What is social?

  • (adj): Composed of sociable people or formed for the purpose of sociability.
    Example: "A purely social club"; "the church has a large social hall"; "a social director"
    See also — Additional definitions below

Social

The term social refers to a characteristic of living organisms as applied to populations of humans and other animals. It always refers to the interaction of organisms with other organisms and to their collective co-existence, irrespective of whether they are aware of it or not, and irrespective of whether the interaction is voluntary or involuntary.

Read more about Social.

Some articles on social:

Olof Palme - Political Career
... Social Democracy Development Humanism Age of Enlightenment French Revolution Utopian socialism Trade unionism Revolutions of 1848 Orthodox Marxism ... From 1955 he was a board member of the Swedish Social Democratic Youth League and lectured at the Youth League College Bommersvik ... Tage Erlander stepped down in 1969, Palme was elected as the new leader by the Social Democratic party congress and succeeded Erlander as Prime Minister ...
Ideology and Semiotic Theory
... unitary object that incorporates complex sets of meanings with the social agents and processes that produced them ... 'episteme' is too narrow and abstract, not social enough ... a key role in semiotics oriented to social, political life" ...
Taxation In The United States - Payroll Taxes - Social Security and Medicare Taxes
... Federal social insurance taxes are imposed equally on employers and employees, consisting of a tax of 6.2% of wages up to an annual wage maximum ($106,800 in 2010) for Social Security plus a tax of 1.45% of total ...
Social Epistemology
... Social epistemology is a broad set of approaches to the study of knowledge, all of which construe human knowledge as a collective achievement ... Another way of positioning social epistemology is as the study of the social dimensions of knowledge ... the enduring difficulties with defining social epistemology is defining what knowledge means in this context ...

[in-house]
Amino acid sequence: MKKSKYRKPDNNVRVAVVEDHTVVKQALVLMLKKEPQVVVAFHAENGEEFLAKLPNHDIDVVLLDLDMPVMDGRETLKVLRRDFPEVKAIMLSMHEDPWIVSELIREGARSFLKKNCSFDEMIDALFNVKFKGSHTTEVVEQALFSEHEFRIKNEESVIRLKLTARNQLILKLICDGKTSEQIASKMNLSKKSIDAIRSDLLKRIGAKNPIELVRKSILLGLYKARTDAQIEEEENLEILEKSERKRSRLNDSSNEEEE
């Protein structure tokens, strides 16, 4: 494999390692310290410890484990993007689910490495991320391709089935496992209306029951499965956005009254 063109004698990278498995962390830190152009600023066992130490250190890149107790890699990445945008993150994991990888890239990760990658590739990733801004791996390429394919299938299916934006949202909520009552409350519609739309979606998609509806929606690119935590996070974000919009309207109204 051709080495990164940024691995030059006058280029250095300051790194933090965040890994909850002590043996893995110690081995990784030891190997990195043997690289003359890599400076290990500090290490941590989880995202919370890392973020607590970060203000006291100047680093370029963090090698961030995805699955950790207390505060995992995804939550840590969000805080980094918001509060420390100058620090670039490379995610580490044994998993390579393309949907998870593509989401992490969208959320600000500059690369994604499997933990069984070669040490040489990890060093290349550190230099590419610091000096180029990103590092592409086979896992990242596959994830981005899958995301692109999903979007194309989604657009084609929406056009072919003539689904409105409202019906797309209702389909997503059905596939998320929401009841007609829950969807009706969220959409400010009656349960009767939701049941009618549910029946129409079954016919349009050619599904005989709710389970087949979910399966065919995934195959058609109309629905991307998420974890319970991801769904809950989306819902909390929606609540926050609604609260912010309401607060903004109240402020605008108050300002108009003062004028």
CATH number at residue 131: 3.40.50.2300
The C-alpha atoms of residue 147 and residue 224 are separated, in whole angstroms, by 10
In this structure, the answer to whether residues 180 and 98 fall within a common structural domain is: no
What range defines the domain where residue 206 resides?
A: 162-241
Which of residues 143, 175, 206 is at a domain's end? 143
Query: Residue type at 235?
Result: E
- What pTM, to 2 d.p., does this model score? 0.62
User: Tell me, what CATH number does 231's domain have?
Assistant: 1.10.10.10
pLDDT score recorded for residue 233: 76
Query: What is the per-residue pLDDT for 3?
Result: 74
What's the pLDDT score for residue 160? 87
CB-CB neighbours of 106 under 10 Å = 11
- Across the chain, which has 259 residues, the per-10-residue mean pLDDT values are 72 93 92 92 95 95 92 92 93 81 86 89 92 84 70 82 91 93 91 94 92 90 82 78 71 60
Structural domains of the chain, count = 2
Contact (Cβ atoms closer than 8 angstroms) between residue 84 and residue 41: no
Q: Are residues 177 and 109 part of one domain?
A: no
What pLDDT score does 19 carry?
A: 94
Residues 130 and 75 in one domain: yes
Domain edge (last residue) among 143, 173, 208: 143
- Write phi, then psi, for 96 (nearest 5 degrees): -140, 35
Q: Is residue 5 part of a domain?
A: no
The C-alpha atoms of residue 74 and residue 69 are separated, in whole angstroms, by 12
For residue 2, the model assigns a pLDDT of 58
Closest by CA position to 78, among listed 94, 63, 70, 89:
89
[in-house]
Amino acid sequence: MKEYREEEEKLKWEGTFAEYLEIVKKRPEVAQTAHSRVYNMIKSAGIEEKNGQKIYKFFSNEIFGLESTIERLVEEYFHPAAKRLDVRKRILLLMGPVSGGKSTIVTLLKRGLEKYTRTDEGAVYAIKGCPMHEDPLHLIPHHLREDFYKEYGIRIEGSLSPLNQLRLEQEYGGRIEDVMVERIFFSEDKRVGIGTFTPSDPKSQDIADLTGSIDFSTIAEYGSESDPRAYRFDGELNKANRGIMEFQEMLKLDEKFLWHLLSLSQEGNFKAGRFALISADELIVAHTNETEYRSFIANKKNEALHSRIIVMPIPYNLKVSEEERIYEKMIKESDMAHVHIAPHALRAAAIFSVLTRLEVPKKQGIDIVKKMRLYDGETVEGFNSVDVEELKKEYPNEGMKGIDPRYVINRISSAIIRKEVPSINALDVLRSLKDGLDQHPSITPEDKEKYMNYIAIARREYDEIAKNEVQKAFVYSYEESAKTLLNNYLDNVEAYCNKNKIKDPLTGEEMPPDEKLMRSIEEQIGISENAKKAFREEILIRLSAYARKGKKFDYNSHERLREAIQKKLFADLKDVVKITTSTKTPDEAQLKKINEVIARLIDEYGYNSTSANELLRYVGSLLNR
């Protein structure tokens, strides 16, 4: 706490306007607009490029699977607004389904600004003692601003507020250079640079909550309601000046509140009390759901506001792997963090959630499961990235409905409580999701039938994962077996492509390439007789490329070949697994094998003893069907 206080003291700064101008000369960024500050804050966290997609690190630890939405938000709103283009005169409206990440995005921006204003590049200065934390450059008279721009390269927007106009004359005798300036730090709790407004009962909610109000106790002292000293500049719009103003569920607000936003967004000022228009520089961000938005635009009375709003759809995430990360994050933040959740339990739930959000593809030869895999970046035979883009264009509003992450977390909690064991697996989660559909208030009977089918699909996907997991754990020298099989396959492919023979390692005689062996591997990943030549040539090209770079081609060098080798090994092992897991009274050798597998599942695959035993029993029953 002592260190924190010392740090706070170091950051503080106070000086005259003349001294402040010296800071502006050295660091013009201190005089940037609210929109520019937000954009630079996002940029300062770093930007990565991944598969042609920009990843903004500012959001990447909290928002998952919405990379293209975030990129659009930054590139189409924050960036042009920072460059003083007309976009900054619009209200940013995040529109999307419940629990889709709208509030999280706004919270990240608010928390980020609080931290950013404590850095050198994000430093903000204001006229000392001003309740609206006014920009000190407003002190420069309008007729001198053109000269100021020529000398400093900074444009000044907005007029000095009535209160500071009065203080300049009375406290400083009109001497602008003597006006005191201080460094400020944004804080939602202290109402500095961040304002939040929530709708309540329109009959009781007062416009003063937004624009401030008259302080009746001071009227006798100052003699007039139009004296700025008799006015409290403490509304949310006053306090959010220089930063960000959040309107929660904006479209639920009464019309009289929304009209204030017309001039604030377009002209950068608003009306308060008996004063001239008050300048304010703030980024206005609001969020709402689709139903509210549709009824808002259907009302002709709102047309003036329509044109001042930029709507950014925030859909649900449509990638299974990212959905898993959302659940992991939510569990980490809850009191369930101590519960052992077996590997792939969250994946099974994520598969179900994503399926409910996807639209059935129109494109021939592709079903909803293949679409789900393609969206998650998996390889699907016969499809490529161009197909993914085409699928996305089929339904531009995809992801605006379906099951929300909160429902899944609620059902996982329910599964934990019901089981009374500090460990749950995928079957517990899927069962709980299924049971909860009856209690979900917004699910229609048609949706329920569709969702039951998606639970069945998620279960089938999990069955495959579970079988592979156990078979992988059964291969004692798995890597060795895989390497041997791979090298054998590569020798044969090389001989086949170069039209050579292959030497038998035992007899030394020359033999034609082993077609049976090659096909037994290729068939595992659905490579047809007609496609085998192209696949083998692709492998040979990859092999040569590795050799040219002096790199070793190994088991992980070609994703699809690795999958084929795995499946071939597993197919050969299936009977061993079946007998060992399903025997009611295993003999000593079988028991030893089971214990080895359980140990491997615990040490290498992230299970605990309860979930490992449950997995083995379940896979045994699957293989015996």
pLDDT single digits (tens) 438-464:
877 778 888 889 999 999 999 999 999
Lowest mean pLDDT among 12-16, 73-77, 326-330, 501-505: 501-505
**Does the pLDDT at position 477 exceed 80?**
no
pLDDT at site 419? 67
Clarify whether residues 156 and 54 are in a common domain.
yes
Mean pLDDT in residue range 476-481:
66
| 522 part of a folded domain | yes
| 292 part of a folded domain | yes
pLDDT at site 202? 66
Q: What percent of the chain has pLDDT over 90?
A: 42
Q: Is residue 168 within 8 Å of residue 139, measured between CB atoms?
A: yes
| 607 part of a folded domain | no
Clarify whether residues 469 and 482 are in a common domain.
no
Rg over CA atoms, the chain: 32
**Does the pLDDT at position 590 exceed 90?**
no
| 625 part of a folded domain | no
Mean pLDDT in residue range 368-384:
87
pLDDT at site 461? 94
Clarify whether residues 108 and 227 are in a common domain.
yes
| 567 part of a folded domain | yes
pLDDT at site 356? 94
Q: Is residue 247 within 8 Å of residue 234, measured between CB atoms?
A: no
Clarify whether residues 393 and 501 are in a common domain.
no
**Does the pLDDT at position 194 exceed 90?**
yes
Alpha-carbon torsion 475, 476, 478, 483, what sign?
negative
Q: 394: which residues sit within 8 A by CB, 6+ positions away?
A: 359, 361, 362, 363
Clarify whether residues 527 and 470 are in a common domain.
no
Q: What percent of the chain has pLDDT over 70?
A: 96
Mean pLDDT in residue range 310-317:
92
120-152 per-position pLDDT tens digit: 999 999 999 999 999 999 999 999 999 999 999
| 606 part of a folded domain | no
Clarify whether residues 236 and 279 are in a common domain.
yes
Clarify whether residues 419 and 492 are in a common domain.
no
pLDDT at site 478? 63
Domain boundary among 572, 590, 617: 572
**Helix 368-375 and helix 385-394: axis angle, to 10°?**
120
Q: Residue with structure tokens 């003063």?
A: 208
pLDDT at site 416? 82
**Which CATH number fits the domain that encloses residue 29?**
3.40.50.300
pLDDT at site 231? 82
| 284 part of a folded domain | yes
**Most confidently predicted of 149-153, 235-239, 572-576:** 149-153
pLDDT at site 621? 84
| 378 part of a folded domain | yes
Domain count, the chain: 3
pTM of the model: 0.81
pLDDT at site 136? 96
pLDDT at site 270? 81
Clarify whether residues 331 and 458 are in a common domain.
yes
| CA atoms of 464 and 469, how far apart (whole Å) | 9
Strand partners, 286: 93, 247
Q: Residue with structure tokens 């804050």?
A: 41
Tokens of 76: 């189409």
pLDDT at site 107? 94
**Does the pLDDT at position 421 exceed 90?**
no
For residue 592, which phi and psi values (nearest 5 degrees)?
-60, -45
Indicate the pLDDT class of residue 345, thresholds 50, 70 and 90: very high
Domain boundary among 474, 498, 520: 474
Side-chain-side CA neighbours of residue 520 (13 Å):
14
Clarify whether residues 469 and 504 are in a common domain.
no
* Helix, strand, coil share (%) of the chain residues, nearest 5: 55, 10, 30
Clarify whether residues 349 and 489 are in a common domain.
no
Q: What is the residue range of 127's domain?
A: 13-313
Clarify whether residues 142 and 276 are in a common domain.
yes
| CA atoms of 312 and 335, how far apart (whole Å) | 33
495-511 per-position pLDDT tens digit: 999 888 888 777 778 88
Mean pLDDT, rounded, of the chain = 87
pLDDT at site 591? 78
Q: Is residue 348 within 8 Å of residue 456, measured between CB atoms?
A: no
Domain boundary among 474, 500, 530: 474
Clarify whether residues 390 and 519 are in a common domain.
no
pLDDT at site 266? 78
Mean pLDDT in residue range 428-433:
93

B. F. Skinner - Walden Two and Beyond Freedom and Dignity
... because of their practice of scientific social planning and use of operant conditioning in the raising of children ... Walden, champions a lifestyle that does not support war or foster competition and social strife ... lifestyle of minimal consumption, rich social relationships, personal happiness, satisfying work and leisure ...

More definitions of "social":

  • (adj): Relating to human society and its members.
    Example: "Social institutions"; "social legislation"
    Synonyms: societal
  • (noun): A party of people assembled to promote sociability and communal activity.
    Synonyms: sociable, mixer
  • (adj): Relating to or belonging to or characteristic of high society.
    Example: "Made fun of her being so social and high-toned"; "a social gossip colum"; "the society page"
  • (adj): Marked by friendly companionship with others.
    Example: "A social cup of coffee"
  • (adj): (of birds and animals) tending to move or live together in groups or colonies of the same kind.
    Example: "Ants are social insects"
    Synonyms: herding, swarming
  • (adj): Living together or enjoying life in communities or organized groups.
    Example: "Human beings are social animals"; "spent a relaxed social evening"; "immature social behavior"

Famous quotes containing the word social:

    I’m not afraid of death but I am afraid of dying. Pain can be alleviated by morphine but the pain of social ostracism cannot be taken away.
    Derek Jarman (b. 1942)

    An educational method that shall have liberty as its basis must intervene to help the child to a conquest of liberty. That is to say, his training must be such as shall help him to diminish as much as possible the social bonds which limit his activity.
    Maria Montessori (1870–1952)

    I complacently accepted the social order in which I was brought up. I probably would have continued in my complacency if the happy necessity of self-support had not fallen to my lot; if self-support had not deepened and widened my contacts and my experience.
    Mary Barnett Gilson (1877–?)